Collecting News | Political & Historic Memorabilia

World’s largest collection of Titanic memorabilia up for auction

By
2018-09-19

The Titanic preparting for departure on its doomed maiden voyage in 1912 (Image: Wikipedia)

The world’s largest collection of Titanic memorabilia is heading for auction in the U.S next month, with an estimated value of up to $200 million.

More than 5,500 artifacts recovered from the wreckage of the sunken ocean liner are being sold as a single lot, after the company that owns them, Premier Exhibitions, filed for bankruptcy.

For years the company has hosted blockbuster Titanic exhibitions around the world, including those at the Luxor Hotel in Las Vegas, the Queen Mary hotel in Long Beach, California, and the Guangdong Museum in China.

The Titanic crow's nest alarm bell, and a cherub from the First Class passenger staircase
The Titanic crow’s nest alarm bell, and a cherub from the First Class passenger staircase (Images: Premier Exhibitons)

The collection includes objects such as the bell from the crow’s nest, used to raise the alarm when the iceberg was spotted; a cherub from the ship’s grand First Class staircase; china from the ship’s dining rooms; clothes and jewelry of passengers who lost their lives in the tragedy; and even large sections of the ship’s hull.

Bidding on the collection will start at around $20 million, with several organizations vying to acquire it. Under a previous court ruling, the winning bidder will have to abide by restrictions which make it impossible to break up the collection and sell the artifacts individually.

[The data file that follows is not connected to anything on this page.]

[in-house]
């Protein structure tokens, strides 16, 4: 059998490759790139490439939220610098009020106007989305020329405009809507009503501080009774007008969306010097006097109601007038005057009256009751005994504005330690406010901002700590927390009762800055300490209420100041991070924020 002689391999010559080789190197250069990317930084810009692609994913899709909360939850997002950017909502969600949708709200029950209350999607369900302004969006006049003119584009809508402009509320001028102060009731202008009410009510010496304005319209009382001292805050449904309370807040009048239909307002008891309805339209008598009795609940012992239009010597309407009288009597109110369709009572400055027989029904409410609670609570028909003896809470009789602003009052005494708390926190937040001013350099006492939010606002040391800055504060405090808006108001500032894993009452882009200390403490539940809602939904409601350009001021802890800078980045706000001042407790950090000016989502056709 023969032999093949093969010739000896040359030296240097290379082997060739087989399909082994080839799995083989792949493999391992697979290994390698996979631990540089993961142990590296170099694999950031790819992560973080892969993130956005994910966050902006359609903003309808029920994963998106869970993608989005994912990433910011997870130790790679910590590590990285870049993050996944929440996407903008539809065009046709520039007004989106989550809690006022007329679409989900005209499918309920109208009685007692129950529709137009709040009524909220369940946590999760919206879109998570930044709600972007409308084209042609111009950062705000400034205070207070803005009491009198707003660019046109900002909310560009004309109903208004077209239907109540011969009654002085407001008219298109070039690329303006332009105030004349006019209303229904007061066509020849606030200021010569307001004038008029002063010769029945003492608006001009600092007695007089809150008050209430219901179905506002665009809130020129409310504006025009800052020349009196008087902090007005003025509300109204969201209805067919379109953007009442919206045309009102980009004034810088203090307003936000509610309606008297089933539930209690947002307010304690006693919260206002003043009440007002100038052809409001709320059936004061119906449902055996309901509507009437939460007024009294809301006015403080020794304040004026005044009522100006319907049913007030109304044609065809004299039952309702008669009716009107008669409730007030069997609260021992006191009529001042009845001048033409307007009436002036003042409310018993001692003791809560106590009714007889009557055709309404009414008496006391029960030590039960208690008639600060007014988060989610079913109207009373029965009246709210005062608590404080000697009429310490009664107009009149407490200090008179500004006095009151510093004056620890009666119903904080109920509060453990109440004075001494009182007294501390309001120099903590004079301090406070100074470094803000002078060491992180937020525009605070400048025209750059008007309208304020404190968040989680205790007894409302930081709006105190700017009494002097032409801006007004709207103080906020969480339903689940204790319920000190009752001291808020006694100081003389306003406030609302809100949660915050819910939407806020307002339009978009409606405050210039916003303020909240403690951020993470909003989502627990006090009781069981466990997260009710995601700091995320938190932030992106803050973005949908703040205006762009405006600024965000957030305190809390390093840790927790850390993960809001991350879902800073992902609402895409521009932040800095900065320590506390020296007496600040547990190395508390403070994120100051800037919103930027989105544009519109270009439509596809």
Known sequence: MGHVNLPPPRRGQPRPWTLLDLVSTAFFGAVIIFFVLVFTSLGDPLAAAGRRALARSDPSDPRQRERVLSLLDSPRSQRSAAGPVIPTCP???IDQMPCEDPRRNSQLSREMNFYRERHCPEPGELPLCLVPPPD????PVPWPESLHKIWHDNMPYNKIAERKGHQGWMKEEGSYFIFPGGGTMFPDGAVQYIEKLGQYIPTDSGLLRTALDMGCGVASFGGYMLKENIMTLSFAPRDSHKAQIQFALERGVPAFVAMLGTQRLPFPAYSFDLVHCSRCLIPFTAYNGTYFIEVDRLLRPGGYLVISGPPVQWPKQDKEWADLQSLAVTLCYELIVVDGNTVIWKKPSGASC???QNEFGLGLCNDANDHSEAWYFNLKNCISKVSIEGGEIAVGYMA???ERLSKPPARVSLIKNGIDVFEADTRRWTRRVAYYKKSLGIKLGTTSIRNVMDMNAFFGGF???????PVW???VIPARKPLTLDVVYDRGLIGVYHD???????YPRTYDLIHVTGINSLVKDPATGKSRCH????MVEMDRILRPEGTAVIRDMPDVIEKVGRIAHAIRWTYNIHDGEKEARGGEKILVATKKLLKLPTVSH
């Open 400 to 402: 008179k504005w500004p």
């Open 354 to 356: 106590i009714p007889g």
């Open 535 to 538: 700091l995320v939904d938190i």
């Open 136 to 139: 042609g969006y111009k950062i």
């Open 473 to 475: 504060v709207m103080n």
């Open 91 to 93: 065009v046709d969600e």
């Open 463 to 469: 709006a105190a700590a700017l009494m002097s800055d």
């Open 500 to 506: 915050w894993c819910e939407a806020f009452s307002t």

Amongst the potential owners is a consortium made up of British and Irish museums, backed by Titanic film director James Cameron, National Geographic and Robert Ballard, the renowned maritime archaeologist who discovered the wreckage.

The sunken bow of the Titanic
The sunken bow of the Titanic (Image: Wikipedia)

“The sinking of the Titanic was a heart-breaking moment in history,” said Cameron. “Securing the irreplaceable collection of artefacts—protecting and preserving them for future generations by placing them in the public trust—is a unique and important opportunity to honour the 1,503 passengers and crew who died.”

“This bid is the only viable option to retain the integrity of the Titanic collection,” added Ballard. “The collection deserves to be returned home to where its journey began.”

When Ballard originally discovered the site of the wreck in 1985, he refused to desecrate the site by removing any artifacts during his expedition.

However, in 1987 another group began salvaging the site, causing damage to the wreck and drawing criticism for a series of publicity stunts.

These included luxury cruises to the spot in the North Atlantic wher the ship originally sank, and a television broadcast ‘Return to the Titanic Live’ hosted by Telly Savalas, in which the audience watched relics being recovered from the ocean floor.

In 1993 the group sold its salvage rights and artifacts to RMS Titanic Inc., a subsidiary of Premier Exhibitions, beginning a lengthy legal battle over ownership of the site and its treasures which concluded in 2009.

The company had previously attempted to sell the collection in 2012 but were unable to find a buyer, as whoever acquires the salvage rights must also safeguard the wreck for future generations.